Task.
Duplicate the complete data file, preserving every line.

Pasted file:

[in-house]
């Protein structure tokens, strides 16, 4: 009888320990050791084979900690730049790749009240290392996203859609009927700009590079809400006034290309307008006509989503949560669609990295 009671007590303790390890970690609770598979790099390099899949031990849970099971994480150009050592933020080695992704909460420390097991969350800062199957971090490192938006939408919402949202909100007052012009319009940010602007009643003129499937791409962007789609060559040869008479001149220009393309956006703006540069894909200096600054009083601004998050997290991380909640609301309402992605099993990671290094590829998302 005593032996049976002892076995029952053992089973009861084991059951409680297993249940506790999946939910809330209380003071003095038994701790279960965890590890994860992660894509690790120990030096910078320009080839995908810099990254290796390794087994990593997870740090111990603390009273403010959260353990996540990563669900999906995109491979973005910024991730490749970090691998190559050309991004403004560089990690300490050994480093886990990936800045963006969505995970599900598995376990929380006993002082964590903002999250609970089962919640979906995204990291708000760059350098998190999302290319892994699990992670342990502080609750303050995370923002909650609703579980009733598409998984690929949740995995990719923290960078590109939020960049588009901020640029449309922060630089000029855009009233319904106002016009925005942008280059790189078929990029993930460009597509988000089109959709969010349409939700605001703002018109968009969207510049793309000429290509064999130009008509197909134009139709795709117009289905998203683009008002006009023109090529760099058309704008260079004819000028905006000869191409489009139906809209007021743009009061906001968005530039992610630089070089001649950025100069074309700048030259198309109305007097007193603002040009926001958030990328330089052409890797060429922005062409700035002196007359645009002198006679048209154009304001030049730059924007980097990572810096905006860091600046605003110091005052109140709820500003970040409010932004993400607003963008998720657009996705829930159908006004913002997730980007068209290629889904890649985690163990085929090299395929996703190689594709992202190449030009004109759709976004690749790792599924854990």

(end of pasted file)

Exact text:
[in-house]
């Protein structure tokens, strides 16, 4: 009888320990050791084979900690730049790749009240290392996203859609009927700009590079809400006034290309307008006509989503949560669609990295 009671007590303790390890970690609770598979790099390099899949031990849970099971994480150009050592933020080695992704909460420390097991969350800062199957971090490192938006939408919402949202909100007052012009319009940010602007009643003129499937791409962007789609060559040869008479001149220009393309956006703006540069894909200096600054009083601004998050997290991380909640609301309402992605099993990671290094590829998302 005593032996049976002892076995029952053992089973009861084991059951409680297993249940506790999946939910809330209380003071003095038994701790279960965890590890994860992660894509690790120990030096910078320009080839995908810099990254290796390794087994990593997870740090111990603390009273403010959260353990996540990563669900999906995109491979973005910024991730490749970090691998190559050309991004403004560089990690300490050994480093886990990936800045963006969505995970599900598995376990929380006993002082964590903002999250609970089962919640979906995204990291708000760059350098998190999302290319892994699990992670342990502080609750303050995370923002909650609703579980009733598409998984690929949740995995990719923290960078590109939020960049588009901020640029449309922060630089000029855009009233319904106002016009925005942008280059790189078929990029993930460009597509988000089109959709969010349409939700605001703002018109968009969207510049793309000429290509064999130009008509197909134009139709795709117009289905998203683009008002006009023109090529760099058309704008260079004819000028905006000869191409489009139906809209007021743009009061906001968005530039992610630089070089001649950025100069074309700048030259198309109305007097007193603002040009926001958030990328330089052409890797060429922005062409700035002196007359645009002198006679048209154009304001030049730059924007980097990572810096905006860091600046605003110091005052109140709820500003970040409010932004993400607003963008998720657009996705829930159908006004913002997730980007068209290629889904890649985690163990085929090299395929996703190689594709992202190449030009004109759709976004690749790792599924854990």